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Detailed Sequence Stratigraphic Framework of the Middle Devonian Geneseo Formation of New York, USA: Implications for Unconventional Reservoir Quality and Distribution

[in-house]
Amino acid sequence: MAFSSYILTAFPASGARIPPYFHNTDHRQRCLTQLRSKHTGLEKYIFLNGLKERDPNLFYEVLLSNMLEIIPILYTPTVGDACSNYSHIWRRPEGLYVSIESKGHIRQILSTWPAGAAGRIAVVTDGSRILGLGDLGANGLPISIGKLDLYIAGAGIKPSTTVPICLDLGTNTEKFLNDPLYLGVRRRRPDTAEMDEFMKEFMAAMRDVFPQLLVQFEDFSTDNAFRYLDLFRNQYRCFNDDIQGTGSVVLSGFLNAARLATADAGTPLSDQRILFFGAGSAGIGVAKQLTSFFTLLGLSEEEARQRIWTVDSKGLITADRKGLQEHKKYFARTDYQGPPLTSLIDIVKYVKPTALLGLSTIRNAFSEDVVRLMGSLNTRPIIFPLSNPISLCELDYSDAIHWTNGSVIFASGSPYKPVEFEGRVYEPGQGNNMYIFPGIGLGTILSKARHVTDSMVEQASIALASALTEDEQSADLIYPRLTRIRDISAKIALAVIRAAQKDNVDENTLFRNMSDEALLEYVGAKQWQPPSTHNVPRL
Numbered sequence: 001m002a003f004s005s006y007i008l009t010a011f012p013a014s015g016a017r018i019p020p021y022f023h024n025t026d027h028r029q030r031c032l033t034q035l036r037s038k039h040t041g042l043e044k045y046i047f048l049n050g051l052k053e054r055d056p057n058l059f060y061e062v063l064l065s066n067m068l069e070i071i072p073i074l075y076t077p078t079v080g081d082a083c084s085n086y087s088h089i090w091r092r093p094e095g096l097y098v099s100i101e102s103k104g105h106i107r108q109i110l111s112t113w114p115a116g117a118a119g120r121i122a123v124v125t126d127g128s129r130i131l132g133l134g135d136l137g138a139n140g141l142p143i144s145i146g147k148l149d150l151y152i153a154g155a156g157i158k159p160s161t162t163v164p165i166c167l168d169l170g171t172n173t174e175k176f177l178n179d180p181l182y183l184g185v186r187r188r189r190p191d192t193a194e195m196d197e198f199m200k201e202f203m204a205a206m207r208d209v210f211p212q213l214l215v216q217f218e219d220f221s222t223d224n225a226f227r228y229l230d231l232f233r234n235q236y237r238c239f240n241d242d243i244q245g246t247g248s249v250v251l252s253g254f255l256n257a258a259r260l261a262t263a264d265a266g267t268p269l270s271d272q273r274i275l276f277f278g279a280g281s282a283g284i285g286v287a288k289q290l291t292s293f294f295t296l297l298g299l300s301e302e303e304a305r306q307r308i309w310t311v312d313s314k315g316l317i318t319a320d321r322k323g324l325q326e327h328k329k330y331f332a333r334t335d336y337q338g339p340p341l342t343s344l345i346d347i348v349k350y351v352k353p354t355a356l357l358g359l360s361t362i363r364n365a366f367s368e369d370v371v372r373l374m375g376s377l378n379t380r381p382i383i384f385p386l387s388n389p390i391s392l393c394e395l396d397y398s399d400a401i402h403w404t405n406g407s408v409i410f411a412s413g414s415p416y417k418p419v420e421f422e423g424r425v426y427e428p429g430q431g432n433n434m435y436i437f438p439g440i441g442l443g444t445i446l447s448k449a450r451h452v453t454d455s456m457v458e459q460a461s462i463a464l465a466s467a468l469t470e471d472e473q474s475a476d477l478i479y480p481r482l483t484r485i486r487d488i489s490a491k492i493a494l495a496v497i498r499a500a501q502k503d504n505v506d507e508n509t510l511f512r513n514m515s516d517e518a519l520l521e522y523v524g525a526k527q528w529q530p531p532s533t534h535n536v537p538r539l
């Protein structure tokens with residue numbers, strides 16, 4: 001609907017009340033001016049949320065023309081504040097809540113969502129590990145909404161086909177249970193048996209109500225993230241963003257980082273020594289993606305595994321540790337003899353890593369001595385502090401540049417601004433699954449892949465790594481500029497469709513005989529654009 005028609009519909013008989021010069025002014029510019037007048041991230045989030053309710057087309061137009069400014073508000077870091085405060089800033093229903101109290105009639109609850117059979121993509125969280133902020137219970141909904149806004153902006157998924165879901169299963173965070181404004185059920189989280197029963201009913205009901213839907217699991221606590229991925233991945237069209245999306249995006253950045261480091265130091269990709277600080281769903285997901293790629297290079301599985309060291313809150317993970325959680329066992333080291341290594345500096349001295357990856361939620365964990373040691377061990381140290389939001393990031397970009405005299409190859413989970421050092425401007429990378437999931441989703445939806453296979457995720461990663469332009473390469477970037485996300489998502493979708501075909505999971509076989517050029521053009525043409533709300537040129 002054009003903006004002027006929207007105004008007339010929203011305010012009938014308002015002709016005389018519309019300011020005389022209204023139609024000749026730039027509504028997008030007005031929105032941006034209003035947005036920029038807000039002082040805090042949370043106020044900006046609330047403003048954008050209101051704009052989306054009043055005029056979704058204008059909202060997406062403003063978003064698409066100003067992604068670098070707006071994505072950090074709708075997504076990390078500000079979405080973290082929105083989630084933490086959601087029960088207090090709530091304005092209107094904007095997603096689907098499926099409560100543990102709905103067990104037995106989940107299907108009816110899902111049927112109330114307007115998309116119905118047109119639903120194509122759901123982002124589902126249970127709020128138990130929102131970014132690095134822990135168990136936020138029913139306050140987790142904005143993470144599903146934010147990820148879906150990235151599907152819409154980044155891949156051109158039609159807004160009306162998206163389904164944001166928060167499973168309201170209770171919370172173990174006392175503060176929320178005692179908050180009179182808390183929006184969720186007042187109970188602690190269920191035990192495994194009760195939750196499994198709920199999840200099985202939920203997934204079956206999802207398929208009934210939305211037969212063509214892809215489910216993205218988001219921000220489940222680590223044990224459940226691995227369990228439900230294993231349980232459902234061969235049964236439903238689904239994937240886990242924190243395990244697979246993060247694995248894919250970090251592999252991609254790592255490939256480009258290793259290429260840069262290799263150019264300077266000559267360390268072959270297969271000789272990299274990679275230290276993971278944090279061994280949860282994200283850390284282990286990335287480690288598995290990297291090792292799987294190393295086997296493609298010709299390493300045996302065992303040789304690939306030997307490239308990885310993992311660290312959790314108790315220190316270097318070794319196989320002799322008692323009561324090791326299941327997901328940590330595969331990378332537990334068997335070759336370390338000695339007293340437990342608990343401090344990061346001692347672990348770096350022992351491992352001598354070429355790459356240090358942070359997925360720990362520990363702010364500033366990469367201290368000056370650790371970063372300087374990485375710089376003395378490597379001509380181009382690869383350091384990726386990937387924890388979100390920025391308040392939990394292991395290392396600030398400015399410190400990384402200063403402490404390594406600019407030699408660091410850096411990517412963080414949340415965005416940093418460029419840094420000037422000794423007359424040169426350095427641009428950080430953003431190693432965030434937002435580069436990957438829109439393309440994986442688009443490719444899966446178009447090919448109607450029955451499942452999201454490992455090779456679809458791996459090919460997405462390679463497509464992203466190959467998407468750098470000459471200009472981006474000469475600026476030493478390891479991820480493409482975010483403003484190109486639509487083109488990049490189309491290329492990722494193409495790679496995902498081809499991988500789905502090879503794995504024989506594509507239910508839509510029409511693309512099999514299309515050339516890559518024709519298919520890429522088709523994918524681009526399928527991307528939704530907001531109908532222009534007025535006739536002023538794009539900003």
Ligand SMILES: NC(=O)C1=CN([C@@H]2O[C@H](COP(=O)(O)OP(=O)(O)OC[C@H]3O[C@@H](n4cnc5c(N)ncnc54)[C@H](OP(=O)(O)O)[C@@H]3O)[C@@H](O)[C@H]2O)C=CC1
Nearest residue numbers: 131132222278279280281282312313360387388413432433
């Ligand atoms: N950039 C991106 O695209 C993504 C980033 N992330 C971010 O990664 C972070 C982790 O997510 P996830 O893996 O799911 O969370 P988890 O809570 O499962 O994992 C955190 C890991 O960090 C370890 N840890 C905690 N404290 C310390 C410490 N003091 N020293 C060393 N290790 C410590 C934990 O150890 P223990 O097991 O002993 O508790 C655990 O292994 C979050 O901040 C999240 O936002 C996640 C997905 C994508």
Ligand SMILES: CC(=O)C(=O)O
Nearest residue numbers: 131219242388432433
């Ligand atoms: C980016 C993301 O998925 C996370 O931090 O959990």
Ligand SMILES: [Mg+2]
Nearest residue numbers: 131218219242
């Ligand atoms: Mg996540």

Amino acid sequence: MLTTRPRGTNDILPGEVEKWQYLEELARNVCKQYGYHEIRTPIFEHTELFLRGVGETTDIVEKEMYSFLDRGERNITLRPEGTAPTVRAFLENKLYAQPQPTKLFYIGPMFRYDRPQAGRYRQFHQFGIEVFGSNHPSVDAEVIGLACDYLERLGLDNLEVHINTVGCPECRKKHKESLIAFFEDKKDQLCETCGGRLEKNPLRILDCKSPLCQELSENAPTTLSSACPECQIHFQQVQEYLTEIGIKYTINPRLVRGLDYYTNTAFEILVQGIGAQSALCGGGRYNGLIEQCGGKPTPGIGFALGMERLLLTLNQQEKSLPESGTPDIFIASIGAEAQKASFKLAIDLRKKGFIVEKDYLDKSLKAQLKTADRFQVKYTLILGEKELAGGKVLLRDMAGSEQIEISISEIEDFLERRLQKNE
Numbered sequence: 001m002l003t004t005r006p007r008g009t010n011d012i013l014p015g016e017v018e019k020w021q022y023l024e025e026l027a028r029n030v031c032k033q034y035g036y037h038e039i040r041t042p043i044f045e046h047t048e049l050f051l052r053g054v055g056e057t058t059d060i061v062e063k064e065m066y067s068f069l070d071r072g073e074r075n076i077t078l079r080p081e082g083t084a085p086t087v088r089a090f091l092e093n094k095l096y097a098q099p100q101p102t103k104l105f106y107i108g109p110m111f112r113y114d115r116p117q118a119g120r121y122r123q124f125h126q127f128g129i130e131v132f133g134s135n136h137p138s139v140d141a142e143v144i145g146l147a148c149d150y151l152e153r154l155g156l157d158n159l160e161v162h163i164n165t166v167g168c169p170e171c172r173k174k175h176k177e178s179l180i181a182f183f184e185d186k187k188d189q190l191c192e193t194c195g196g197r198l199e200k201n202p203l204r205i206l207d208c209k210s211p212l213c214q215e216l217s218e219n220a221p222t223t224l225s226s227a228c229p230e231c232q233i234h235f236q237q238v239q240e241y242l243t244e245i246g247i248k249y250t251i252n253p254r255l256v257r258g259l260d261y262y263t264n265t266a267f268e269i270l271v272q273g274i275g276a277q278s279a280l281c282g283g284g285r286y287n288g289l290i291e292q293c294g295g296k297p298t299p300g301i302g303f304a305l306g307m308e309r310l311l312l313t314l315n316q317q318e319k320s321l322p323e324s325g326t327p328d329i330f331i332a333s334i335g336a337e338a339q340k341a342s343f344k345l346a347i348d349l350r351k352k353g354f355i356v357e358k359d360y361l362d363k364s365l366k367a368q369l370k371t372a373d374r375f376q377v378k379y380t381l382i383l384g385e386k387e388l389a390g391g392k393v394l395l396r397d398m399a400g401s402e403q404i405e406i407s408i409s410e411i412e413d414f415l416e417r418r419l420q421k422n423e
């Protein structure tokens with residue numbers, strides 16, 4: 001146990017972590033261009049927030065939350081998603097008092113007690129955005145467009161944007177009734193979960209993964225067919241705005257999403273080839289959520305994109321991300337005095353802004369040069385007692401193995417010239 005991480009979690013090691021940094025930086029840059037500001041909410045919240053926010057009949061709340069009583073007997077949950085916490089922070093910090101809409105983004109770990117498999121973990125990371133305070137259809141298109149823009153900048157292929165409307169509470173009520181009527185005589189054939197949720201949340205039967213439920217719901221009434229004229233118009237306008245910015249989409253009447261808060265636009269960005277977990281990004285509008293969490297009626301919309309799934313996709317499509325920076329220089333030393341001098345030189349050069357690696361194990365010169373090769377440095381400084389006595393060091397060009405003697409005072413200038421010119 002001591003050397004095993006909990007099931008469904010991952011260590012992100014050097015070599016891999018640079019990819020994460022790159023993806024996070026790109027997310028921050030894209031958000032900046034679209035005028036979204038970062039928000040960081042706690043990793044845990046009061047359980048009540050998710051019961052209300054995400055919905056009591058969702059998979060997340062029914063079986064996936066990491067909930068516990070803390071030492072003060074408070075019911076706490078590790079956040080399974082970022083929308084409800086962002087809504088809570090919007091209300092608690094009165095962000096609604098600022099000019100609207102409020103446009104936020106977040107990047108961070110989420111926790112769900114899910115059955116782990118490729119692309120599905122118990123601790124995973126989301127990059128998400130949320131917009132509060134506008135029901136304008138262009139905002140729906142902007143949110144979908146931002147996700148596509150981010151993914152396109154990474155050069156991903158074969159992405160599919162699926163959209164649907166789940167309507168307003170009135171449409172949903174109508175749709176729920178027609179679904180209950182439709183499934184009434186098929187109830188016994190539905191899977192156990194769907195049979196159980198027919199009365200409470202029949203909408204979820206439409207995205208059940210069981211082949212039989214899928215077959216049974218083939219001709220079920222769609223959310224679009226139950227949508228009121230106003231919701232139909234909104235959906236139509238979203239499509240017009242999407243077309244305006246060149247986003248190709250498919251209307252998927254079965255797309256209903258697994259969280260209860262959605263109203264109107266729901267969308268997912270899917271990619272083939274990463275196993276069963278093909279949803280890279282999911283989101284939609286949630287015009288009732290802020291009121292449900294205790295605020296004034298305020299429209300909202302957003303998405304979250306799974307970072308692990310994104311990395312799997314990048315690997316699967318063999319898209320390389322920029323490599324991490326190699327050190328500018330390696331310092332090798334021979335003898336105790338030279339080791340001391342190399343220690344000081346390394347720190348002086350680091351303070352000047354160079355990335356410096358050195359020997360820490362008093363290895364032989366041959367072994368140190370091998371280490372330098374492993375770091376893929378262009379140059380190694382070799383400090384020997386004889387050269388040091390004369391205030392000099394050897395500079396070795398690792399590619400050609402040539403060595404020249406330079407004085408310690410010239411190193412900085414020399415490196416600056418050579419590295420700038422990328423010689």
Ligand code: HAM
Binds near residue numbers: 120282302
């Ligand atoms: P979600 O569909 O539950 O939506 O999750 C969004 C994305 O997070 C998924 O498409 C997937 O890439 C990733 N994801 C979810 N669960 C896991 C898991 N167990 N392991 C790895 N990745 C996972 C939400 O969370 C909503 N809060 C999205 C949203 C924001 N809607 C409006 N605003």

The Middle Devonian Geneseo Formation and lateral equivalents in the Northern Appalachian Basin constitute shale-gas plays with promising economic potential. Mudstone properties within the Geneseo are highly variable, and reflect an overall shallowing trend that corresponds to the westward progradation of the Catskill delta. High-resolution stratigraphy has allowed differentiation of genetically related packages, comprised of distinct lithofacies, with characteristic physical, biological, and chemical attributes. Correlation of this succession was conducted at the parasequence scale, and includes detailed descriptions of multiple drill cores and surface exposures, as well as subsurface mapping. Isopach maps were constructed to identify thickness trends and lateral variations of mudstone properties, and the Geneseo Formation has been differentiated into two discrete depositional sequences with three lithostratigraphic units (the Lower Geneseo, Fir Tree, and Upper Geneseo members). The Lower Geneseo Member overlies the Tully Formation, and where the latter is absent, its basal contact is marked by a pyritic-phosphatic lag (the Leicester Pyrite Bed; MFDLS). The Lower Geneseo is an organic-rich dark gray to grayish black mudstone succession with aggradational to progradational parasequence stacking patterns (HST). The Fir Tree Member unconformably overlies the Lower Geneseo, displays progradational-aggradational-retrogradational parasequence stacking patterns (LST and TST), and consists of silt-rich calcareous mudstones rich in auloporid tabulate corals, ostracodes, and small brachiopods. The Upper Geneseo displays aggradational to progradational parasequence stacking patterns (HST), and consists of dark gray silty mudstones and muddy siltstones with abundant wave/current ripples, graded beds, and evidence for extensive reworking and erosion. Reactivation of basement structures and syndepositional faulting appears to have strongly influenced accommodation during deposition of the Geneseo Formation. In particular, the N-S trending Clarendon-Linden Fault System seems to have acted as a western sediment barrier during Geneseo Time. Through the development of a fully integrated sequence stratigraphic framework that incorporates surface and subsurface data, reservoir quality and distribution in the Geneseo Formation can be evaluated away from sample control, and thus enhance the potential for future economic success of unconventional resource plays in this interval.